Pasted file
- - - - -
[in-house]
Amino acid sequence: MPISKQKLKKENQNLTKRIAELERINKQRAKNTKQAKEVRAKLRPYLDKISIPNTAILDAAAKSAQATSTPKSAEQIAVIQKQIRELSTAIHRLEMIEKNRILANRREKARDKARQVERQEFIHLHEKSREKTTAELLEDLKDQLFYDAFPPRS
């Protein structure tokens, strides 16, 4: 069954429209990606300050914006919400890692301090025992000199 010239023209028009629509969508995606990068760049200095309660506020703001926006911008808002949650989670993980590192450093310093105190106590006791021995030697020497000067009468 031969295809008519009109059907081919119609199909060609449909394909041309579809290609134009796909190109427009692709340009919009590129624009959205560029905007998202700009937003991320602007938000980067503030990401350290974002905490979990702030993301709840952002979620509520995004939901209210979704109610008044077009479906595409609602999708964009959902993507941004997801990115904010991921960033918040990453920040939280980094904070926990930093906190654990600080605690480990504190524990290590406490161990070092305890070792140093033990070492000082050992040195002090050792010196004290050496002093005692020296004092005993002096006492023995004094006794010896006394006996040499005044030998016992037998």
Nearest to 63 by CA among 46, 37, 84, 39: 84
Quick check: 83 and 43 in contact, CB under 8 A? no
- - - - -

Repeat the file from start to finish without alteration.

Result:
[in-house]
Amino acid sequence: MPISKQKLKKENQNLTKRIAELERINKQRAKNTKQAKEVRAKLRPYLDKISIPNTAILDAAAKSAQATSTPKSAEQIAVIQKQIRELSTAIHRLEMIEKNRILANRREKARDKARQVERQEFIHLHEKSREKTTAELLEDLKDQLFYDAFPPRS
């Protein structure tokens, strides 16, 4: 069954429209990606300050914006919400890692301090025992000199 010239023209028009629509969508995606990068760049200095309660506020703001926006911008808002949650989670993980590192450093310093105190106590006791021995030697020497000067009468 031969295809008519009109059907081919119609199909060609449909394909041309579809290609134009796909190109427009692709340009919009590129624009959205560029905007998202700009937003991320602007938000980067503030990401350290974002905490979990702030993301709840952002979620509520995004939901209210979704109610008044077009479906595409609602999708964009959902993507941004997801990115904010991921960033918040990453920040939280980094904070926990930093906190654990600080605690480990504190524990290590406490161990070092305890070792140093033990070492000082050992040195002090050792010196004290050496002093005692020296004092005993002096006492023995004094006794010896006394006996040499005044030998016992037998």
Nearest to 63 by CA among 46, 37, 84, 39: 84
Quick check: 83 and 43 in contact, CB under 8 A? no